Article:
Hoofstraat 57, Posbus 2655, Paarl, 7620 | Fax: 086 243 4478 | Selnr: 082 698 8216 | E-pos: caeo2@maxitec.co.za

Hoofstraat 57, Posbus 2655, Paarl, 7620
Fax: 086 243 4478 | Selnr: 082 698 8216
E-pos: caeo2@maxitec.co.za

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Saam wen ons almal!

ALL FOREIGN NATIONALS AND THEIR EMPLOYERS NOW OBLIGED TO MAKE UIF CONTRIBUTIONS

The latest amendments to South Africa’s Unemployment Insurance Contributions Act, 2002 were promulgated on 18 December 2017. These amendments have the effect that, from 1 March 2018, foreign nationals working in South Africa on a contract of employment and their employers are required to make contributions to the Unemployment Insurance Fund (UIF).
The contributions are currently limited to ZAR148.72 per month.
Where the foreign employee is remunerated by a local employer or where the employee’s remuneration is reported in a shadow payroll in South Africa, the payroll system should be updated to ensure compliance with the UIF contribution requirements.
Currently, where the foreign employees remain on the home country payroll, no employees’ tax withholding obligation is placed on the foreign employer, however, the foreign employer has an obligation to contribute to the
Skills Development Levy and the Compensation Fund. Many foreign employers are unaware of these requirements or simply ignore these obligations as practically there is no process to facilitate the compliance.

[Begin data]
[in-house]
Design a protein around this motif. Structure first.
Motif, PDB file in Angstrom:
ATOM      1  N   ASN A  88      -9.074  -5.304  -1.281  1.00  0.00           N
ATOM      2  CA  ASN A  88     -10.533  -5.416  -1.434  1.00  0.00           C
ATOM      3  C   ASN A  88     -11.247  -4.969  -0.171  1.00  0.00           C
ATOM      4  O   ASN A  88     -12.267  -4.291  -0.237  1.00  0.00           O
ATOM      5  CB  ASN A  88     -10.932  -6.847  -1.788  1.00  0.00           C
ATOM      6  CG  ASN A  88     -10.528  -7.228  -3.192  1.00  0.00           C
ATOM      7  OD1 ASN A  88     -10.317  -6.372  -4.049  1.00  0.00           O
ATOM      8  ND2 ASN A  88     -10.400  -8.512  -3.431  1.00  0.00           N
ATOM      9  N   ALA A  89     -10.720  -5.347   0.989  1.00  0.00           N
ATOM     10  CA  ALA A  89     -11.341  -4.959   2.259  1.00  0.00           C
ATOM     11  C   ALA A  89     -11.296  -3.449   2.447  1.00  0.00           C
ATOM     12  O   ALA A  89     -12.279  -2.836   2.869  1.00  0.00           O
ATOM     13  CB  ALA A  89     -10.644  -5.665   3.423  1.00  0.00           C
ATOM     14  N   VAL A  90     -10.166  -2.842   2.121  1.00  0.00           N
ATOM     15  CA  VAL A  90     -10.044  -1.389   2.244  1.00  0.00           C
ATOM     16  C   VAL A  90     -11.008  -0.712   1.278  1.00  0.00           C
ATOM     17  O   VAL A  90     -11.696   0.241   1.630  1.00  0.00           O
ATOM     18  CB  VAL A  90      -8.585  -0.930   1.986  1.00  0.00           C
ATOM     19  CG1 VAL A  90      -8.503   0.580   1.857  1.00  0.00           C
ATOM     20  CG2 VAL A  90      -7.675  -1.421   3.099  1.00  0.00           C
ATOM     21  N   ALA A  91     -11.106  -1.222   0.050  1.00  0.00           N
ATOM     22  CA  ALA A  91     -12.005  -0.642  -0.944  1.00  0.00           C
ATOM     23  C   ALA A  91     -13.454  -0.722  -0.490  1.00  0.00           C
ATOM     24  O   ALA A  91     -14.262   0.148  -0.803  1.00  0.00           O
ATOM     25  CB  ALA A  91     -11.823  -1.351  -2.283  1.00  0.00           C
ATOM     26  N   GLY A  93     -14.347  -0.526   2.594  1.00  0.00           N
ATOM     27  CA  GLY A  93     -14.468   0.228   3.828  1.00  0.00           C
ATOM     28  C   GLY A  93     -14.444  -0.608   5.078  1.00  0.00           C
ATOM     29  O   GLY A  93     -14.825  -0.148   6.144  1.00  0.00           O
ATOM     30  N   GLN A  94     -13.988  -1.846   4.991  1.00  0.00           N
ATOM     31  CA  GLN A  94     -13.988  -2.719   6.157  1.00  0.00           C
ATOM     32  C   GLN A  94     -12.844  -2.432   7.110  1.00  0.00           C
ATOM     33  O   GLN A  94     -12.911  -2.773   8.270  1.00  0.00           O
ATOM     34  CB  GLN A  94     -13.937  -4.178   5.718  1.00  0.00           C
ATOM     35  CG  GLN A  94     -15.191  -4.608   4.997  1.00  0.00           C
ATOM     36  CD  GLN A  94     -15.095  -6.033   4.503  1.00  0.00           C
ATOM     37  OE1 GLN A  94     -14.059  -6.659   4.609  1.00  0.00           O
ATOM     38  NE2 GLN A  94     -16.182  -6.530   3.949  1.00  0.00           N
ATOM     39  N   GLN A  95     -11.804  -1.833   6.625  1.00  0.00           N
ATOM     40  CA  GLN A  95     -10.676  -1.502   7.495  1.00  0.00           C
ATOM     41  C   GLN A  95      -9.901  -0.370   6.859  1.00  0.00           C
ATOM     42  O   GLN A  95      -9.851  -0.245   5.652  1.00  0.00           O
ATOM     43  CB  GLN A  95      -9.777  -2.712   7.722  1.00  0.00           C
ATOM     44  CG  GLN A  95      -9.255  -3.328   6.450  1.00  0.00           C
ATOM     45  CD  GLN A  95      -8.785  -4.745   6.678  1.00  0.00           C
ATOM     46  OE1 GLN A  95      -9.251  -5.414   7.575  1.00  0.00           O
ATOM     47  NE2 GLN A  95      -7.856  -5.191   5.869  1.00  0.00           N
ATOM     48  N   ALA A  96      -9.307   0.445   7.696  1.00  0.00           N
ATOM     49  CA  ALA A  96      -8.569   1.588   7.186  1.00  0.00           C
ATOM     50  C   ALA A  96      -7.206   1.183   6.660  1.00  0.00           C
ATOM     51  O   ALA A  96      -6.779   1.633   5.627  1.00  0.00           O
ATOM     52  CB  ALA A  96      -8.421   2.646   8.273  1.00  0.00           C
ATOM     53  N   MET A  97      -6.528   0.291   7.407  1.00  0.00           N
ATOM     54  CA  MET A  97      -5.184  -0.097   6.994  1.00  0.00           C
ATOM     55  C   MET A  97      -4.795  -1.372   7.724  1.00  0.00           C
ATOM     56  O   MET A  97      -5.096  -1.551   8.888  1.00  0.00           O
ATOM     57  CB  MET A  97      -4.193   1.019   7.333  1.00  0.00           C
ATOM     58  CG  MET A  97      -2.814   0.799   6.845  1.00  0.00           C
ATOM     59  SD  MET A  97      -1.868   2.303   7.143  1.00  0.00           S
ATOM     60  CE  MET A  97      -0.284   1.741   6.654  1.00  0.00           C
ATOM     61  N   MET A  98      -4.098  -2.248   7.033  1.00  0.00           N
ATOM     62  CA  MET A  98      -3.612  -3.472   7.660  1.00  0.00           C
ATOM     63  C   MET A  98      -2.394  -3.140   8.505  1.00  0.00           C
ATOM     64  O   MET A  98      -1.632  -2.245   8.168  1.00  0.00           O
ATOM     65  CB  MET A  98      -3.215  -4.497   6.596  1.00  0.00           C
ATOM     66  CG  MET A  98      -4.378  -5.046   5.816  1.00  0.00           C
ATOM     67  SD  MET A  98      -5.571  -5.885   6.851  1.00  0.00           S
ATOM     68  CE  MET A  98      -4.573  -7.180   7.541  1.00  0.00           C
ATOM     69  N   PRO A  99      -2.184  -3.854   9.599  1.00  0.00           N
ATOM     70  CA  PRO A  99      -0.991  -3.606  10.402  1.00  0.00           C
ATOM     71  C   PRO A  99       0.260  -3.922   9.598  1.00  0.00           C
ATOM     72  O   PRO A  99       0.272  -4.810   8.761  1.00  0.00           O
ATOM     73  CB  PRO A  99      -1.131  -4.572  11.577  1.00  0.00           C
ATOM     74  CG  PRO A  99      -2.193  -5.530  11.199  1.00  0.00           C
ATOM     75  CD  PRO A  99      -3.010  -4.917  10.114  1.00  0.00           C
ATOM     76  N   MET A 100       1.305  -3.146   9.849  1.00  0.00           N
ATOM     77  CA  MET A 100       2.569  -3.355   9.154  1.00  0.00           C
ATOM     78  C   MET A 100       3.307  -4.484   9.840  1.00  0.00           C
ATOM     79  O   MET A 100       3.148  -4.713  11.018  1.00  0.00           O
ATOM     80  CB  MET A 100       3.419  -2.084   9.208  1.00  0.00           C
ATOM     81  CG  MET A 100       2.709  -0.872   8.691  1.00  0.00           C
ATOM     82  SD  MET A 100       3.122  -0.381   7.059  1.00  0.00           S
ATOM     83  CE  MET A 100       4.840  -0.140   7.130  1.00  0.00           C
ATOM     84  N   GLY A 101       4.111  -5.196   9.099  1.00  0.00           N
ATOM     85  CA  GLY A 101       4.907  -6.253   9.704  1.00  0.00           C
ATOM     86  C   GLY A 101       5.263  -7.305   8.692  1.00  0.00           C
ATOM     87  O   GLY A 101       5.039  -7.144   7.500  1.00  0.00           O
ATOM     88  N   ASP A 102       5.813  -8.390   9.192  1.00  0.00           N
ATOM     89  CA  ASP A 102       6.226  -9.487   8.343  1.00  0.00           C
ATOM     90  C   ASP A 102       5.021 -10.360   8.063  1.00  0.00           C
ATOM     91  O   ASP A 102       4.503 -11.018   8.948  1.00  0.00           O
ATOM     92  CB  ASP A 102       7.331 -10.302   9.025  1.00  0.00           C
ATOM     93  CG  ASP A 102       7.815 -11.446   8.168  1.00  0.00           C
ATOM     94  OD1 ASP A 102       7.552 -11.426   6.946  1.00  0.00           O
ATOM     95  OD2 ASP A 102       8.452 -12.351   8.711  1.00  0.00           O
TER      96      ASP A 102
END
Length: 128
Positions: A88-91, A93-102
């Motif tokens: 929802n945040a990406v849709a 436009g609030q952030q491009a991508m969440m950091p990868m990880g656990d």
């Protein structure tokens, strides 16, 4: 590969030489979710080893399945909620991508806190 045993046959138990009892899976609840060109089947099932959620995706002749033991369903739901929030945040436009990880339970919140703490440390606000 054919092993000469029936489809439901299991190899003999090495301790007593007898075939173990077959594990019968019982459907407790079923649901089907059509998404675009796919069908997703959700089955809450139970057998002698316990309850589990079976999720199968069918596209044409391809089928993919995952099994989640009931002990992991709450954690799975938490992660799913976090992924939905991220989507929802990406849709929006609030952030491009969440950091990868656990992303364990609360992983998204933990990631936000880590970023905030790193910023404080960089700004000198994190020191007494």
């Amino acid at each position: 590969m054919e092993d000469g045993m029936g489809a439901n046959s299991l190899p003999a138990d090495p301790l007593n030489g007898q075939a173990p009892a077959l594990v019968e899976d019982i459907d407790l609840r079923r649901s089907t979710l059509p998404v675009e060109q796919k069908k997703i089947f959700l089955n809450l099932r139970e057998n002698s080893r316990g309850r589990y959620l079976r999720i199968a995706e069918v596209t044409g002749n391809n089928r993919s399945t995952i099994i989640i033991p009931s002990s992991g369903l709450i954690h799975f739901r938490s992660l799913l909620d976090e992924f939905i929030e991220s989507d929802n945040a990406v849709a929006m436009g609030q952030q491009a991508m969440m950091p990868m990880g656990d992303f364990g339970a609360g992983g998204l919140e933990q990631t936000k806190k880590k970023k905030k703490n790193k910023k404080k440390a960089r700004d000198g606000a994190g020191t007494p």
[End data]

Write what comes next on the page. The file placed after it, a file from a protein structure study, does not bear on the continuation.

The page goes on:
The change in the legislation therefore, creates a further obligation on foreign employers who assign non-resident employees to South Africa. This new requirement may shift the focus of the authorities to the compliance by these
employers with the existing and new obligations with respect to the statutory contributions.
Employers who are employing foreign nationals should update their payroll systems to ensure compliance with the new contribution requirements for the UIF.
Employers who currently do not comply with their Skills Development Levy and the Compensation Fund contribution requirements with respect to foreign employees, should take note of the changes and be aware of potential challenges from the authorities in this regard. Such employers should
assess the potential risk and, based on the findings, may wish to change their current operating model regarding the assignment of employees to South Africa to mitigate any risk.